For the third time in four days, Slate.com media columnist Jack Shafer has it out for News Corp. CEO Rupert Murdoch over his proposed deal to buy Dow Jones & Co. and take over The Wall Street Journal.
This time, Shafer is examining the curious incident of a profile written about Murdoch’s wife, Wendi Deng,Â by Fortune contributor Eric Ellis that was slated to run in an Australian newspaper but was mysteriously killed. Interestingly, Murdoch owned a 7 percent stake in the parent company of the newspaper at the time the story was killed.
What does this have to do with the Journal? Murdoch is on record as having disliked the paper’s front-page story about his wife in 2000.
Shafer wrote, “The mogul is obviously still sensitive about his latest bride. Rupert-watchers in Australia and the United Kingdom speculate that Murdoch may have played a role in the recent spiking of a 10,000-word-plus Deng profile. (Crikey.com broke the story.) Written by Fortune magazine contributor Eric Ellis, the profile was commissioned by Good Weekend, the Saturday magazine Fairfax Media inserts inside its Melbourne and Sydney dailies. At the time the spike was delivered, Murdoch’s News Corp. owned 7.5 percent of Fairfax, which raises the question: Is Rupert the sort of guy who would kill a critical story about his wife? If so, is he the sort of guy we want to own the Wall Street Journal?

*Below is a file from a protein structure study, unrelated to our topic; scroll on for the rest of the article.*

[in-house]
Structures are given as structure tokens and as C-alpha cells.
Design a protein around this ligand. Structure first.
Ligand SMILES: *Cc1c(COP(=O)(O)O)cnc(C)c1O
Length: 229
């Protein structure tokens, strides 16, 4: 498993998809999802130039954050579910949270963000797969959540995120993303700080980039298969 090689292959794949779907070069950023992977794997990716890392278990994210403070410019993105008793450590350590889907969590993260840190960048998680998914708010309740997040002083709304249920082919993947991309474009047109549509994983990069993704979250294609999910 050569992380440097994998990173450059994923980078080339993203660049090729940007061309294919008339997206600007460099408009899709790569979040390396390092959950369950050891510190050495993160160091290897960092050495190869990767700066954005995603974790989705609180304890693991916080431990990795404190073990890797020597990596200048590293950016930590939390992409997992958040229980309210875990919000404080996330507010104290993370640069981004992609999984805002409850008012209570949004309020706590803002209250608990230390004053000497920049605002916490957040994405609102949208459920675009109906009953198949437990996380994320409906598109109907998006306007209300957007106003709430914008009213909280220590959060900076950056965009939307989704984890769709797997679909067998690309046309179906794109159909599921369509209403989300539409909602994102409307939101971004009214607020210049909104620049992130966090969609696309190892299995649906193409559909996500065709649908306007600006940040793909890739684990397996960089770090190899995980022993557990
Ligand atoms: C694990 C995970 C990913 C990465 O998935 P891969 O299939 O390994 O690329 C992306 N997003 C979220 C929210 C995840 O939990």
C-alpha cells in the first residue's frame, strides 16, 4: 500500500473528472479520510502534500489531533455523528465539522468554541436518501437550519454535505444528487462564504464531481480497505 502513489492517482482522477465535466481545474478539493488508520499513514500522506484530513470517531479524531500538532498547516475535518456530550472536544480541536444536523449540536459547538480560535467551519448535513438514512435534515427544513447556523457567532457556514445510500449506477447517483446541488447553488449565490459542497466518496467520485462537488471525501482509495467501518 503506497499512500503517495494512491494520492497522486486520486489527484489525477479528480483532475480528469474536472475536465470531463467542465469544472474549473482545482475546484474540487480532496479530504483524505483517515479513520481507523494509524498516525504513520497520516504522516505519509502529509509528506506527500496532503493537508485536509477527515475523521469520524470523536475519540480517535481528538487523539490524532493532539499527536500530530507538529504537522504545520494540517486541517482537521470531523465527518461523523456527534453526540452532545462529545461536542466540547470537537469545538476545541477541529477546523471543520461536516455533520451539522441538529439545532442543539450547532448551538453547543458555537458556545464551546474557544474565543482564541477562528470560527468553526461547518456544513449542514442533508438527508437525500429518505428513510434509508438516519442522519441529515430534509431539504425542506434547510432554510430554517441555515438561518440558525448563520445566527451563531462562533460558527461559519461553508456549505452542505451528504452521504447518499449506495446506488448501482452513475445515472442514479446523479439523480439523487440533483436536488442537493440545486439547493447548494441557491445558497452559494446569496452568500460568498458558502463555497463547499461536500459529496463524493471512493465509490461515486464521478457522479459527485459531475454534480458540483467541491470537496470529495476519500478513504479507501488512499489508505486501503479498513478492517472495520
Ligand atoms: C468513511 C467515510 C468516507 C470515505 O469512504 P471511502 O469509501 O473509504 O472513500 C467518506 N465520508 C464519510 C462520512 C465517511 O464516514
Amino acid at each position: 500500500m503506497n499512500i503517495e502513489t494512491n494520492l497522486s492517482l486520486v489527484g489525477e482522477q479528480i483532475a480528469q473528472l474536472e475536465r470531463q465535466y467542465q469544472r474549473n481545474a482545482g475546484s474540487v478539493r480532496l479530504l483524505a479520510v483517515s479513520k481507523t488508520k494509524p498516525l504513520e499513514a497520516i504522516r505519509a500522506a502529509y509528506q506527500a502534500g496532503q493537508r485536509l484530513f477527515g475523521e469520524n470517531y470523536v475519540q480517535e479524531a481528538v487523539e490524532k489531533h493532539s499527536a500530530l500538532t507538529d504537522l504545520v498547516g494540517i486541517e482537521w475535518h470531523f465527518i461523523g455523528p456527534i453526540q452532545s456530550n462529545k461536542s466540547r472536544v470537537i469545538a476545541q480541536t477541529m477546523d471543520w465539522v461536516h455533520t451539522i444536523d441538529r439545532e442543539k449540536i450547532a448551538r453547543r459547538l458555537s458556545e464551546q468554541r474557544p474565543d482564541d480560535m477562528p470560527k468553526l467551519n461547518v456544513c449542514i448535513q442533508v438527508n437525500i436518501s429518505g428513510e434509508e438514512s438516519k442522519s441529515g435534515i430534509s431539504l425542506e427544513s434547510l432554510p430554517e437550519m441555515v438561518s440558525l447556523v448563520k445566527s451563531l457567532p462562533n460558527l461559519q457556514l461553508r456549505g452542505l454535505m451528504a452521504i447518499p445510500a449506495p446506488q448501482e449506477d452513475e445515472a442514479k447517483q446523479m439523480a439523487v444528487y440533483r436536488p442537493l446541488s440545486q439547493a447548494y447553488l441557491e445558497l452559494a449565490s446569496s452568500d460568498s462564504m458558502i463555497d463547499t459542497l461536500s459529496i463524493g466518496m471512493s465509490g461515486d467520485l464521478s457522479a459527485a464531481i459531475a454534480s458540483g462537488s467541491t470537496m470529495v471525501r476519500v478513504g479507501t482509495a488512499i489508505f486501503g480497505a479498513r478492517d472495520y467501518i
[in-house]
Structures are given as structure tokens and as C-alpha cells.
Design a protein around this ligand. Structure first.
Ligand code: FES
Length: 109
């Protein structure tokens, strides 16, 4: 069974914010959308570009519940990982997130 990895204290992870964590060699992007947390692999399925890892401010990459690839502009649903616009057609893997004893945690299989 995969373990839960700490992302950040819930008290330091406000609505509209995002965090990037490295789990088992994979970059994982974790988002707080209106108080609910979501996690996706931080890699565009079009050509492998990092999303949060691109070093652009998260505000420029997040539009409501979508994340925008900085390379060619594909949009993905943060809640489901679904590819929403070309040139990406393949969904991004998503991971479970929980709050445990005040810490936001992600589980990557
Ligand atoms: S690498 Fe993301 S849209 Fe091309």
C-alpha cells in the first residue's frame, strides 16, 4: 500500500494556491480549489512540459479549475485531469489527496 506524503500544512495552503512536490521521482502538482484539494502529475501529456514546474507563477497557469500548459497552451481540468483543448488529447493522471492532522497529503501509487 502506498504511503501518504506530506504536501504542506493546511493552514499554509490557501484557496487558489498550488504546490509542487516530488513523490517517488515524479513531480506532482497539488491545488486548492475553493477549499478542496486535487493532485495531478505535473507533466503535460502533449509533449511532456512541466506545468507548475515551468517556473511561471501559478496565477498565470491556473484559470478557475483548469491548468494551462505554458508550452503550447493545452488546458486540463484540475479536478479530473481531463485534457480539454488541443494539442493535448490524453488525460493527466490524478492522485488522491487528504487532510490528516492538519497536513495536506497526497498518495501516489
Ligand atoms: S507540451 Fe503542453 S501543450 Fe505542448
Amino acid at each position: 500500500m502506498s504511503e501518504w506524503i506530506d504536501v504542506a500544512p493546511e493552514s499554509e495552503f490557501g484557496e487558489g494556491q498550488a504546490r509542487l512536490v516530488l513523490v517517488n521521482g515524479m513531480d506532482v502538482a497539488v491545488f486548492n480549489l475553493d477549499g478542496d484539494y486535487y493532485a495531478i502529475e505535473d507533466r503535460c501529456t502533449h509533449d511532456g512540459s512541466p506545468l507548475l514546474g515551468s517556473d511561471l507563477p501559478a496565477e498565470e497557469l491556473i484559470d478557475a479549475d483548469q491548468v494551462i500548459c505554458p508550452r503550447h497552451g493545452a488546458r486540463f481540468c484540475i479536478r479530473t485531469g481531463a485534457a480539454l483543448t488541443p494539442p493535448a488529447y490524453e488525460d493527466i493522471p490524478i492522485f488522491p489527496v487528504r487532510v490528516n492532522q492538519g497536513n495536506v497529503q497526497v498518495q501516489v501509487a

“The Financial Times reported April 24 that ‘after the [Deng] story landed and was much praised by editors for the quality of its research, a sudden decision was made last week not to run it.’ Journalists at The Age, the Fairfax paper in Melbourne, demanded to know whether the piece had been pulled on editorial grounds or as a result of boardroom machinations, i.e., Murdoch intervention. Whatever happened, Murdoch couldn’t have been very happy. Just days later, News Corp. sold its Fairfax stake.”
Read more here.Â